Perhaps it’s no surprise that Doug Himes, the Tennessee House ethics counsel, had a Jack Daniels case last year.
No, not that kind of case—an ethics case. Tennessee is home to the famous Jack Daniels Distillery, which, like any large business, likes to connect with lawmakers.
Himes says one of the company’s efforts to do that during COVID raised ethics questions. The distiller invited lawmakers to a virtual gathering, but guests also could pick up very real goody bags from a company truck parked at the Capitol. The bags included a fifth of whiskey. Himes told a meeting at the NCSL Legislative Summit in Denver that as soon as the gift bags were distributed, he started getting calls from lawmakers wondering about the booze.
No one thinks the Brown-Forman Corp., which owns Jack Daniels, violated rules on the books, which allow for gifts under $65; and companies can offer food and drink at receptions for lawmakers. But something about having a fifth of a gallon to take home made the state ethics commission issue new guidance: Alcohol can be handed out only in amounts that could be reasonably consumed at an event. So much for the free fifths.
In the end, no harm. As ethics leaders from South Carolina and Kentucky joining Himes on the Summit panel say, many ethics questions they deal with come from well-intentioned staff, lawmakers or lobbyists trying to make sure they don’t run afoul of the rules. Sometimes that means reevaluating whether the rules still make sense.
Many Approaches to Oversight
The topics ethics officials address run the gamut: election expenditures, lobbying contacts or gifts, potential conflicts of interest between lawmakers’ professions outside the statehouse and bills under consideration. Ethics offices also manage complaints of harassment and workplace discrimination, though in some cases those are referred to other agencies.
There are many versions of ethics oversight. The panelists say a range of approaches can work if they embody some key concepts.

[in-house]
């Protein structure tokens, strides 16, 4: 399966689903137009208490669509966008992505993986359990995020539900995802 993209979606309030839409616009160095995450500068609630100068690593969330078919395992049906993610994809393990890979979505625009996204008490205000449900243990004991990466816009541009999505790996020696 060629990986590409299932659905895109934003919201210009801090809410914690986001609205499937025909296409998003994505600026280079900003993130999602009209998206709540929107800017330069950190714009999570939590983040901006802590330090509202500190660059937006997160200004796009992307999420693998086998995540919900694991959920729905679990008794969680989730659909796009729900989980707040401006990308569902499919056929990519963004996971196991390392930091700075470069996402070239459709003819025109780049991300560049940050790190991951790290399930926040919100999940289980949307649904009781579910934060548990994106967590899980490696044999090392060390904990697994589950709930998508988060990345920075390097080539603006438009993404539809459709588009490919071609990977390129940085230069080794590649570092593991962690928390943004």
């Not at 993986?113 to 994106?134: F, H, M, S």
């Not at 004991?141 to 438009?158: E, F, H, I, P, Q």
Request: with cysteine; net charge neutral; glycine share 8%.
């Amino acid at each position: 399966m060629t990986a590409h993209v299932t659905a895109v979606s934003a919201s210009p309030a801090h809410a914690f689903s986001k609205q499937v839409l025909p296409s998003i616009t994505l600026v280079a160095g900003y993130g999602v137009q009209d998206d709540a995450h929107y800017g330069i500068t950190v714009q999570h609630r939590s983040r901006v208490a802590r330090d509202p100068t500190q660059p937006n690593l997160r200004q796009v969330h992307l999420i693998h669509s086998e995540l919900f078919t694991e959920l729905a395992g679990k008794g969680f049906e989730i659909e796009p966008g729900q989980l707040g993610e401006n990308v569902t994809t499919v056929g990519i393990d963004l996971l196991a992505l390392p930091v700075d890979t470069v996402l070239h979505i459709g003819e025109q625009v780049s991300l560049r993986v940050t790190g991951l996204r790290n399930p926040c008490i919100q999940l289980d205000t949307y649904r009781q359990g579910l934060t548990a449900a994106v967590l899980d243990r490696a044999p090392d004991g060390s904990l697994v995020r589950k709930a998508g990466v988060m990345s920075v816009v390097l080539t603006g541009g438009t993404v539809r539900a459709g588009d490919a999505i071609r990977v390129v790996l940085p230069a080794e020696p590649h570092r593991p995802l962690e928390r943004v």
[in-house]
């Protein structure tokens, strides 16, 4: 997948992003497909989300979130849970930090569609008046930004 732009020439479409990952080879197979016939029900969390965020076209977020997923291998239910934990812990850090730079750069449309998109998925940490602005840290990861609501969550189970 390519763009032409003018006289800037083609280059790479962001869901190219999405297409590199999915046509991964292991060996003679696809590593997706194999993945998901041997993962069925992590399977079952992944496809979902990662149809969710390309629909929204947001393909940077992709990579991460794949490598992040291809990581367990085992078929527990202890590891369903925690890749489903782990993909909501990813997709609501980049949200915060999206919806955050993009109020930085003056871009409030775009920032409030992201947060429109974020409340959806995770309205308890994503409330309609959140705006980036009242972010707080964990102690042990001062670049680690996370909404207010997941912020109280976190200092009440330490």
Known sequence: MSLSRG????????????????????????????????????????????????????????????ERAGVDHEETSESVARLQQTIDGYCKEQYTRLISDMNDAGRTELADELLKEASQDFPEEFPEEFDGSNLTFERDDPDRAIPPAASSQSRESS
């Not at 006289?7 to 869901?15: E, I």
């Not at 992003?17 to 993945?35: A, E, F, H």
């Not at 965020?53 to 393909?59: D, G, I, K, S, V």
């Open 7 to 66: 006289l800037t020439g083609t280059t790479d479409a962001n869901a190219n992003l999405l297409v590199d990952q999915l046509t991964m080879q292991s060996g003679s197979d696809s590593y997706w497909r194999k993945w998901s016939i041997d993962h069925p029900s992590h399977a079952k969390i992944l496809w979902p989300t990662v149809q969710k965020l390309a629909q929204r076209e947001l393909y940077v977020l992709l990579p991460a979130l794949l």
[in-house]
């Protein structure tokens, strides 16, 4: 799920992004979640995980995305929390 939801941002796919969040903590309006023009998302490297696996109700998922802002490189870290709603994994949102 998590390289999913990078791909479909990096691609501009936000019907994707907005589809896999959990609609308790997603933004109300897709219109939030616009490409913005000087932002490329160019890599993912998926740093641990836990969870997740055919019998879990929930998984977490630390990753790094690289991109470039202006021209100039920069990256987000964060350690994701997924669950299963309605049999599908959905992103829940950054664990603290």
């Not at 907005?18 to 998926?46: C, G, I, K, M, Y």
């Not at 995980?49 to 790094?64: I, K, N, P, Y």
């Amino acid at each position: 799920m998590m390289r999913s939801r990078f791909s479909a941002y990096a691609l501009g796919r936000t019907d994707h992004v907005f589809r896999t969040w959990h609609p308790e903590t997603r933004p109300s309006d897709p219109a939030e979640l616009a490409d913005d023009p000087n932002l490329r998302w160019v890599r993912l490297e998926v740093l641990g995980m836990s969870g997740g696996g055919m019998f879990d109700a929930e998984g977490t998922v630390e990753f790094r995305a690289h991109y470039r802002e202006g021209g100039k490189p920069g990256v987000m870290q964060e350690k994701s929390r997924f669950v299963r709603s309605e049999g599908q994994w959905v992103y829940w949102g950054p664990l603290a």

An ethics committee (or what’s often known as a commission if it operates outside of the statehouse) should evenly represent the parties to optimize trust in the system, they say.
J.J. Gentry, counsel for the South Carolina Senate, says the state passed a law in 2016 establishing an outside ethics commission so that the Senate and House weren’t solely in charge of handling ethics questions for their members.
“People realized that sounded like it was the fox guarding the hens, so it wasn’t a good optic,” Gentry says. “But the Legislature did not want to give up full control over the final decision.” As a result, the commission makes the initial determination whether a complaint should be further explored, then turns it over to the appropriate chamber, which holds public hearings and makes a final decision.
The process for filing complaints varies by state, but the panelists agreed it is important to encourage access while also discouraging careless claims or attacks. To that end, the states don’t allow anonymous ethics charges.
In South Carolina, that means the person filing a complaint must have personal knowledge of the alleged ethics violation and sign under oath.
“I get lots of people who call me up, want to file a complaint and ask, ‘How do I go about that?’ I explain the procedures and when I get down to the part where I say, ‘Oh, by the way, you have to put your name on it, it is not confidential and the member will know you’re filing this against them,’ they hang up,” Gentry says. He says people don’t understand he doesn’t have the capacity to investigate from scratch; complaints must contain specific allegations.
Himes says Tennessee requires two lawmakers to file a complaint, and at least one of them must have direct knowledge of the alleged violation.
Confidentiality Is Crucial
Laura Hendrix, executive director of the Kentucky Legislative Ethics Commission, says people can file complaints based on information from a newspaper report, not necessarily their own knowledge of a case.
“That being said, the commission has also said it’s a little bit less weighty than somebody who has directly observed somebody getting a bag of cash,” she says.
The panelists agreed that before they find probable cause and an ethics charge becomes public, confidentiality is crucial. Gentry says states should have “penalties, penalties, penalties and enforcement of those penalties. In our statute, it says if someone tries to use the complaint filing process as a weapon, filing frivolous complaints and things like that, there’s a penalty for doing so. And if someone abuses it by filing too many complaints, they can get a complaint filed against them by the committee itself.”
One other key duty of an ethics office, these panelists say, is to train legislators and their staffs, to equip them to monitor their own actions and remind them that if they have any doubt about whether something is ethical, they should get advice from their ethics officers.
Kelley Griffin writes and edits for NCSL.